Urdu in India: victim of Hindu nationalism & Muslim separatism - i
The sad state of Urdu in independent India, particularly its decline in the field of education, administration & information, and consequent impact on the Urdu- speaking community is largely attributable to the policies adopted by the Centre and various Hindi-speaking states after Hindi was promulgated as the Official Language of the Union in 1950. A review of the situation of Urdu in 12 states with large concentration of Urdu speaking population shows that the position of Urdu in the southern states of Maharashtra, AP and Karnataka is much better than its position in the northern Hindi-speaking region namely UP, Bihar, Jharkhand, Uttarkhand, MP, Chhattisgarh, Rajasthan, Haryana and Delhi. In the Hindi-speaking region Hindi and Urdu continue to face each other, although Urdu has given up all its pretension of being the ‘lingua franca of the Sub-continent,’ and the Urdu speaking community in the country has willy-nilly accepted the superior status of Hindi (‘the elder sister’), because it is now the official language of 9 states in North India which together account for about 80%, of the Hindi speaking population of the country.
According to the Census 2001 Hindi has been declared the mother tongue by more than 450 million people, which is much higher than the second highest linguistic population of 83.4 m. in the case of Bengali. Urdu is the 6th most spoken language in the country. The critical problem for Urdu lies in the fact that unlike Hindi, it is not the mother tongue of the majority of the people of any state. In fact, of all the original Schedule 8 Languages, Sindhi and Urdu are the only languages, which are ‘homeless’ as they are not the principal language of any state. In the South it continues to compete with Hindi even numerically, but Hindi has the advantage of being taught as the official language of the Union which is expected to take the place of English as the link language in due course. In these states Marathi, Telugu, Kannada, Tamil & Malayalam are the principal languages of the state; but Urdu is widely understood & spoken and taught at the school level. In fact the average South Indian does not and cannot differentiate between spoken Urdu and spoken Hindi. He is more concerned with the spoken language, which comes alive on the electronic media and in the so-called ‘Hindi’ films. Many of them identify this spoken language as Urdu or Hindustani and do not have the same inclination as in the north to Sanskritise it.
In the North, for more than 250 years Urdu has been facing, the hostility and constant threat of assimilation by Hindi under the impact of Hindu resurgence. This threat has increased many folds since independence. After Partition Urdu was assumed to have ‘migrated’ to Pakistan and its use was steadily limited to the Muslim community. Thus, since Partition Urdu faces a hostile political environment in north India. Any other language would have normally succumbed to the pressure against it as a distinct language but Urdu has shown great resilience and withstood the politically-motivated rejection.
The situation is that while written Urdu has declined in India, globally it has touched new heights, not only to become the official language and thelingua franca in multi-language Pakistan but gone beyond the borders of the Sub-continent to become the most recognized Indian language in the Gulf and even in the UK. In addition, it has developed new bases in other English speaking countries like USA, Canada and Australia where Urdu speaking communities and generally people of Indian and Pakistani origin have settled down.Myths about Urdu
Not surprisingly, many myths have been floated about it. It is asserted that Urdu is nothing more than a ‘style’ of Hindi. Even a liberal and secular intellectual like Jawaharlal Nehru, who made his public speeches in Urdu and declared Urdu as his mother tongue shared this untenable myth in one of his letters to the Chief Ministers. Urdu is a distinct Language, it is not a dialect nor a style of another language; it has a rich literature all its very own.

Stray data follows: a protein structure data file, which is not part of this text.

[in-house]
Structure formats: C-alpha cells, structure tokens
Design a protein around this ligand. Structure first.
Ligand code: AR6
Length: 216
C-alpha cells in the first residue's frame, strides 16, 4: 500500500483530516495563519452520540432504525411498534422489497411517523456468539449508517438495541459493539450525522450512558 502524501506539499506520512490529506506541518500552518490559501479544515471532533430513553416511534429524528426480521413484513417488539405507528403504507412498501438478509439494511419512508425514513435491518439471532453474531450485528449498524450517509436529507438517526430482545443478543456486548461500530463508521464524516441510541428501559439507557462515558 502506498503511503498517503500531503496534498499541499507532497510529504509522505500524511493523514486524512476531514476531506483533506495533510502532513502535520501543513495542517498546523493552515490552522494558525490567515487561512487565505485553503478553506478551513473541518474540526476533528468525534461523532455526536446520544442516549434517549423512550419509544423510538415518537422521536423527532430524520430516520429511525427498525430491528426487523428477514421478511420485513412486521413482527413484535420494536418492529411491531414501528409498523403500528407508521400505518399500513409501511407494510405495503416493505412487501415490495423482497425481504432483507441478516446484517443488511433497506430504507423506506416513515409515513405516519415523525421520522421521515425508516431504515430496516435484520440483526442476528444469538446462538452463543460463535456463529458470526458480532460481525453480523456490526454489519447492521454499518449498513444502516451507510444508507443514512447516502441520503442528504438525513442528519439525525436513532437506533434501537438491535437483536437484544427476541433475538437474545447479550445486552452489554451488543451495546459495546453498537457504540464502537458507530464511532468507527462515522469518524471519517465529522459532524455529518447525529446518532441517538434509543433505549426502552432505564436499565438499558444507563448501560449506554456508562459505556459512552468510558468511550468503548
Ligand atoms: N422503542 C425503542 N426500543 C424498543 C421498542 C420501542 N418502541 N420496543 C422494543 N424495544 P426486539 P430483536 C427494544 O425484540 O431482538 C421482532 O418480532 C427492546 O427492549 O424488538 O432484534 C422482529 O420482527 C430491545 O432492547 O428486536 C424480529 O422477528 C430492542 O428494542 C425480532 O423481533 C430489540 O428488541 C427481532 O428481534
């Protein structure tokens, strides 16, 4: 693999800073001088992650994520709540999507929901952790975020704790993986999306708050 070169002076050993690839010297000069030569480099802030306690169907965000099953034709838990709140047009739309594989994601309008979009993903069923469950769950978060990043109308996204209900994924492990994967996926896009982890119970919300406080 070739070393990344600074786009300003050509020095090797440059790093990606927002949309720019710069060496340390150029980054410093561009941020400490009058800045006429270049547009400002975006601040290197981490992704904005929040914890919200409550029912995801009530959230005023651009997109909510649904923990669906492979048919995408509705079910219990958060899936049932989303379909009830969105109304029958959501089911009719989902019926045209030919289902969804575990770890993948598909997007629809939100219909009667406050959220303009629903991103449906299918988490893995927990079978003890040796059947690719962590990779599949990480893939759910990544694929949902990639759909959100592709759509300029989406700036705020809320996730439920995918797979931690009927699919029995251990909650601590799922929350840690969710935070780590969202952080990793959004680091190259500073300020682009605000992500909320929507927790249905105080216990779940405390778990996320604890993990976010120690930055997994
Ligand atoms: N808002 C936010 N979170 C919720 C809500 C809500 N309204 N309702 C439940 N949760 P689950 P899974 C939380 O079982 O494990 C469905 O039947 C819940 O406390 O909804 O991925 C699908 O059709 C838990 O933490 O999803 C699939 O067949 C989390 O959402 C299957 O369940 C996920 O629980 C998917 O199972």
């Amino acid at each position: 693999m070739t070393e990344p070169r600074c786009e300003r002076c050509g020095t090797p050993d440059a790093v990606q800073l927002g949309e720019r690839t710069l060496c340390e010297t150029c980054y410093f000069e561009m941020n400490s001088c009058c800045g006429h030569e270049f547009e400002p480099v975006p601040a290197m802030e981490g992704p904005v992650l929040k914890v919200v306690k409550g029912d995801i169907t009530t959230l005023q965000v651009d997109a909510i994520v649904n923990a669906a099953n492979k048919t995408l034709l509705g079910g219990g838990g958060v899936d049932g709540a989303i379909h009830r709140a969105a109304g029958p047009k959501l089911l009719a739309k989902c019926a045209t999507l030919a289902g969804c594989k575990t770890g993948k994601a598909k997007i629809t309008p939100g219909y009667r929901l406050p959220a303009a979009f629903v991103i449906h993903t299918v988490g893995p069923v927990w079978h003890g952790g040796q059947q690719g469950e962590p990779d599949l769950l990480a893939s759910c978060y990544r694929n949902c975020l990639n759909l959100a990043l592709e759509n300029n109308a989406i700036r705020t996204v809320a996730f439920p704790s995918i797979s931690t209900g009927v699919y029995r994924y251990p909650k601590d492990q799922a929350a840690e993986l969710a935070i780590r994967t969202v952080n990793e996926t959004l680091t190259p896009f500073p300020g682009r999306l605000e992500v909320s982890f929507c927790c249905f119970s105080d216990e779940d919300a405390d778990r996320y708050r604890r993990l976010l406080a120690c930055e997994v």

Another myth, to which even Gandhiji succumbed, propagated against Urdu was that Urdu is written ‘in the script of the Qur’an’. The fact is that Urdu is neither written in the Arabic nor in the Persian script. It has a script of its own and the Urdu script is phonetically much more comprehensive than either. It represents sounds which are peculiar to Sanskrit, Persian and Arabic, and also it has compound alphabets.
Until recently, the Urdu-speaking community itself continued to identify Urdu with the Muslims while at the same time, claiming that Urdu had a wider reach and was more entitled to be the national language or the lingua franca of the country. Urdu is neither the language of all Muslims of the sub-continent nor only of the Muslim, though increasingly, through voluntary dissociation of the Hindus from written Urdu and its use in madrasa instruction and in religious discourse, Urdu has indeed become the language of Muslim Indians for all practical purposes. An effort was made in 1937 in some states like UP and Bihar, with an objective to bring Hindus and Muslims together, to introduce both Hindi and Urdu as compulsory languages in schools so that every child who learnt Hindi as his mother tongue also learnt Urdu and vice versa. In fact, at the level of common speech Hindi and Urdu students had to learn only two scripts. This is what led Gandhi and Zakir Hussain to formulate the scheme for a common language, but by then the die had been cast. In his speech in Lahore in 1940, Jinnah identified Urdu with the Muslims of the Sub-continent and the demand for Partition. After Partition Urdu became the official language of Pakistan which was a key factor in the later secession of East Pakistan to form Bangladesh. In fact, one of the main grievances of the Bengali speaking Pakistanis was that Urdu was imposed on them. In India Urdu has paid the price of Partition. In Pakistan it has paid the price of imposition.History of Urdu-Hindi Confrontation:
Historically speaking while both Urdu and Hindi share common roots in Khari Boli and Brij Bhasha spoken in Western UP, literature in the Devanagri script appeared much later than in Urdu. In early 19th century its ‘manufacture’ was sponsored by the East India Company through the Fort William College which was established in Kolkata to train its employees and administrators to facilitate contact with the rural masses. Words of Arabic and Persian origin in Urdu books were substituted by words of Sanskrit origin and Urdu books were rewritten in the Devanagri script. By that time Urdu had also reached its peak as a language of poetry and Hindi was not in a position to offer anything comparable. Thus for many years Urdu remained the language of culture, in north India from Dhaka to Ahmedabad and touched Lahore in the north and Hyderabad in the South; irrespective of their religious affiliation, the elite used Urdu and nothing but Urdu.